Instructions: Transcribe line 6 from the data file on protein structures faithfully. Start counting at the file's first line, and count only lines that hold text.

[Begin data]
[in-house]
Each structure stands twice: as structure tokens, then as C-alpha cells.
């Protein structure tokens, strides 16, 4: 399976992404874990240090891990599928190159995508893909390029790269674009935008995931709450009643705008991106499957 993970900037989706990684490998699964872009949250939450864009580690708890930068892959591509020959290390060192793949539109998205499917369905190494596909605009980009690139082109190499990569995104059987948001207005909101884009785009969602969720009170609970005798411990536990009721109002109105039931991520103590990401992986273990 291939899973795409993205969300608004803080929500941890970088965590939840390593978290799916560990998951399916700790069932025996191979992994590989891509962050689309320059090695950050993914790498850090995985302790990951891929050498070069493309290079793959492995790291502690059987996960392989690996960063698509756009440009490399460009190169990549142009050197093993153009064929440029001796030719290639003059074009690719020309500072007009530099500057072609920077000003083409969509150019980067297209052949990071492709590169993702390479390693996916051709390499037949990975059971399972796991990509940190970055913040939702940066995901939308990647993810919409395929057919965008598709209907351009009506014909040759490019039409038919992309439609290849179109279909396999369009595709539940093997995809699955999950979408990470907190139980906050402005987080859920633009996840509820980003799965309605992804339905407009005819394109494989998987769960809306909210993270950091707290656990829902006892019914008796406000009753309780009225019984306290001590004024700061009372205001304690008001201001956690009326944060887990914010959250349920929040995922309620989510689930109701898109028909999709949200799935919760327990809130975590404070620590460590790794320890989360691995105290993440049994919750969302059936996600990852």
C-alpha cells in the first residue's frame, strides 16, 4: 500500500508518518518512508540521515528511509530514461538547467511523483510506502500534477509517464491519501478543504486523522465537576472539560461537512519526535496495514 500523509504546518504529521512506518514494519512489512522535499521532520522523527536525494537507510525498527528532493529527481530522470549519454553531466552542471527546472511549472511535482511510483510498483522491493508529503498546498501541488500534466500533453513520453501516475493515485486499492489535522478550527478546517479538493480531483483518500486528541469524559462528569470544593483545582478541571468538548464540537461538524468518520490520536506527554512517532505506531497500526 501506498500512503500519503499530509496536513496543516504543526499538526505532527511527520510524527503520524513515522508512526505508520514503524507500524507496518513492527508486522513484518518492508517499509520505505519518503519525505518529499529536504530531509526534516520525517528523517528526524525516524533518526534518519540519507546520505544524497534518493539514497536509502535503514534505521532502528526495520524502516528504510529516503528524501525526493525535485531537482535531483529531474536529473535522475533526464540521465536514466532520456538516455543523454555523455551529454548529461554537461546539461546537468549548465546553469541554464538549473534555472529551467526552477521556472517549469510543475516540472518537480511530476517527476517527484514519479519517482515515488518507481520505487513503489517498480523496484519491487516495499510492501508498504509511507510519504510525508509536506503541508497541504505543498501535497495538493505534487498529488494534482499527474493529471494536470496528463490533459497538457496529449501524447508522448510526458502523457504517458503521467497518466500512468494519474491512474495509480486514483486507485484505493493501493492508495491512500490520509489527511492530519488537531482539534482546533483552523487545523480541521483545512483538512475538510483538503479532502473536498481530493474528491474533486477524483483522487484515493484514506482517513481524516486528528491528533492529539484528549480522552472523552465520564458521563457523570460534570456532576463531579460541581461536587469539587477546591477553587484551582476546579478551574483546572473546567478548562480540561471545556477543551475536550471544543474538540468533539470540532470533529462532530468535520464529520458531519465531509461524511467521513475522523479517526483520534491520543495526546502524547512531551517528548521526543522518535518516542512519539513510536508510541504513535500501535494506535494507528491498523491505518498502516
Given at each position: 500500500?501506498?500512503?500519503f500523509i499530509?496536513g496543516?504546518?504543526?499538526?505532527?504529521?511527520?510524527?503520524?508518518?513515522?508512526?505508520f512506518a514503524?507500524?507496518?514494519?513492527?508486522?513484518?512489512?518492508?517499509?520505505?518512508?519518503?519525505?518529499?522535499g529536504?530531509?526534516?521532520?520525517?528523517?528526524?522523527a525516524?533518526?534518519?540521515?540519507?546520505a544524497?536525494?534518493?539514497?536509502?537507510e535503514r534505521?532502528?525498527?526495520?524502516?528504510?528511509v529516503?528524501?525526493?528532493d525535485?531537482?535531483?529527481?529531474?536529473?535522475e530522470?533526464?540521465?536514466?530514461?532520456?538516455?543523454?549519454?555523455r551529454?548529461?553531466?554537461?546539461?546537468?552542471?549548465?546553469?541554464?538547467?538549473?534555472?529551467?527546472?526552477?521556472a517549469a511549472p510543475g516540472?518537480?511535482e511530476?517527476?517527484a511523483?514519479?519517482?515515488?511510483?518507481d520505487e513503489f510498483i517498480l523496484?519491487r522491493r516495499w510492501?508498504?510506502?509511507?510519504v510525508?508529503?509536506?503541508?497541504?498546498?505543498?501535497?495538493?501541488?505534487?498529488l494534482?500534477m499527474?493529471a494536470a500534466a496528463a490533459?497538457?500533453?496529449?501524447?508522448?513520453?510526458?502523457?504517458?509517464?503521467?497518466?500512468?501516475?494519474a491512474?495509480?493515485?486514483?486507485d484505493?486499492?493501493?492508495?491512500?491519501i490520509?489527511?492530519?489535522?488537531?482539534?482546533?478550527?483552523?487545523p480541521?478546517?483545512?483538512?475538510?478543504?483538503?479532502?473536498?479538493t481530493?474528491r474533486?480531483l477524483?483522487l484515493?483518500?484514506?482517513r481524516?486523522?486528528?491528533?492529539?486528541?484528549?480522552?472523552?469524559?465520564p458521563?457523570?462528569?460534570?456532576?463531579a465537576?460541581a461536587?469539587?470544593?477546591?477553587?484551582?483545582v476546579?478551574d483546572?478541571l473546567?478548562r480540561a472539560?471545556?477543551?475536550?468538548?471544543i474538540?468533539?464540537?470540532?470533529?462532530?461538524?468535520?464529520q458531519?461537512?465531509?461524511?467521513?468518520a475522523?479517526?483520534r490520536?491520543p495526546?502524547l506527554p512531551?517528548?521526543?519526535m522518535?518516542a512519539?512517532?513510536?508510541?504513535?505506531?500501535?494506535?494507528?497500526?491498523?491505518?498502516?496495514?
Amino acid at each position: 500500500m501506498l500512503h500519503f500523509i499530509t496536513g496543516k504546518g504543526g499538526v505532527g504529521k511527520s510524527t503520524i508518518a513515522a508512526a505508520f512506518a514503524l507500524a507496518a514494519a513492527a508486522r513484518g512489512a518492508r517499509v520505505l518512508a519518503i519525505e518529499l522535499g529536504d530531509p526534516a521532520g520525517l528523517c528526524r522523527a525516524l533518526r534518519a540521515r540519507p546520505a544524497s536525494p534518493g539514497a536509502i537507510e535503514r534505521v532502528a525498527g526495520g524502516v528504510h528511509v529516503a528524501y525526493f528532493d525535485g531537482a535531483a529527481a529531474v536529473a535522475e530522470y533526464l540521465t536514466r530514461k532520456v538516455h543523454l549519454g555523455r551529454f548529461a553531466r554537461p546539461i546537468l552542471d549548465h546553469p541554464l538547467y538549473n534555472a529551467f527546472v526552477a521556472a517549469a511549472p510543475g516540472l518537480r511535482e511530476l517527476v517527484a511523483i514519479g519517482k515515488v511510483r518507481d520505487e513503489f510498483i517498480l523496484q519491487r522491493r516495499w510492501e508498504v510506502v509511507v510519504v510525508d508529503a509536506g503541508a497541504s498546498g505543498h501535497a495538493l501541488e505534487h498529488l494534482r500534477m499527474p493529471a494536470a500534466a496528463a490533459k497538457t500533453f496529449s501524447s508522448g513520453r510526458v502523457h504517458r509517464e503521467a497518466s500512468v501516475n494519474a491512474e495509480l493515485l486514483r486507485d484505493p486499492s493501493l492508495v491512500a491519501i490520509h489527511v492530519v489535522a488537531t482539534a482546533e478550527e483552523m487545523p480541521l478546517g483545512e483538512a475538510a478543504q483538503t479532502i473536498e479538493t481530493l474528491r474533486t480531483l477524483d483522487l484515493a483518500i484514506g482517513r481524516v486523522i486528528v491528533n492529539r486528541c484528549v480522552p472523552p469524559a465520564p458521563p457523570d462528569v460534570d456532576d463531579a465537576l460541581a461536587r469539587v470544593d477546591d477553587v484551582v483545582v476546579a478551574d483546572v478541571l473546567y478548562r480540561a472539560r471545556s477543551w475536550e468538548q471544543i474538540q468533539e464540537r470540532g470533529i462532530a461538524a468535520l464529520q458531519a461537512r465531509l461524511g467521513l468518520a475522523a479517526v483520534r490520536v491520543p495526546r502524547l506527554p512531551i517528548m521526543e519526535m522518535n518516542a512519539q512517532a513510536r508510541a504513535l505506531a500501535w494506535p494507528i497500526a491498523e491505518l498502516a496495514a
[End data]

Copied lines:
Amino acid at each position: 500500500m501506498l500512503h500519503f500523509i499530509t496536513g496543516k504546518g504543526g499538526v505532527g504529521k511527520s510524527t503520524i508518518a513515522a508512526a505508520f512506518a514503524l507500524a507496518a514494519a513492527a508486522r513484518g512489512a518492508r517499509v520505505l518512508a519518503i519525505e518529499l522535499g529536504d530531509p526534516a521532520g520525517l528523517c528526524r522523527a525516524l533518526r534518519a540521515r540519507p546520505a544524497s536525494p534518493g539514497a536509502i537507510e535503514r534505521v532502528a525498527g526495520g524502516v528504510h528511509v529516503a528524501y525526493f528532493d525535485g531537482a535531483a529527481a529531474v536529473a535522475e530522470y533526464l540521465t536514466r530514461k532520456v538516455h543523454l549519454g555523455r551529454f548529461a553531466r554537461p546539461i546537468l552542471d549548465h546553469p541554464l538547467y538549473n534555472a529551467f527546472v526552477a521556472a517549469a511549472p510543475g516540472l518537480r511535482e511530476l517527476v517527484a511523483i514519479g519517482k515515488v511510483r518507481d520505487e513503489f510498483i517498480l523496484q519491487r522491493r516495499w510492501e508498504v510506502v509511507v510519504v510525508d508529503a509536506g503541508a497541504s498546498g505543498h501535497a495538493l501541488e505534487h498529488l494534482r500534477m499527474p493529471a494536470a500534466a496528463a490533459k497538457t500533453f496529449s501524447s508522448g513520453r510526458v502523457h504517458r509517464e503521467a497518466s500512468v501516475n494519474a491512474e495509480l493515485l486514483r486507485d484505493p486499492s493501493l492508495v491512500a491519501i490520509h489527511v492530519v489535522a488537531t482539534a482546533e478550527e483552523m487545523p480541521l478546517g483545512e483538512a475538510a478543504q483538503t479532502i473536498e479538493t481530493l474528491r474533486t480531483l477524483d483522487l484515493a483518500i484514506g482517513r481524516v486523522i486528528v491528533n492529539r486528541c484528549v480522552p472523552p469524559a465520564p458521563p457523570d462528569v460534570d456532576d463531579a465537576l460541581a461536587r469539587v470544593d477546591d477553587v484551582v483545582v476546579a478551574d483546572v478541571l473546567y478548562r480540561a472539560r471545556s477543551w475536550e468538548q471544543i474538540q468533539e464540537r470540532g470533529i462532530a461538524a468535520l464529520q458531519a461537512r465531509l461524511g467521513l468518520a475522523a479517526v483520534r490520536v491520543p495526546r502524547l506527554p512531551i517528548m521526543e519526535m522518535n518516542a512519539q512517532a513510536r508510541a504513535l505506531a500501535w494506535p494507528i497500526a491498523e491505518l498502516a496495514a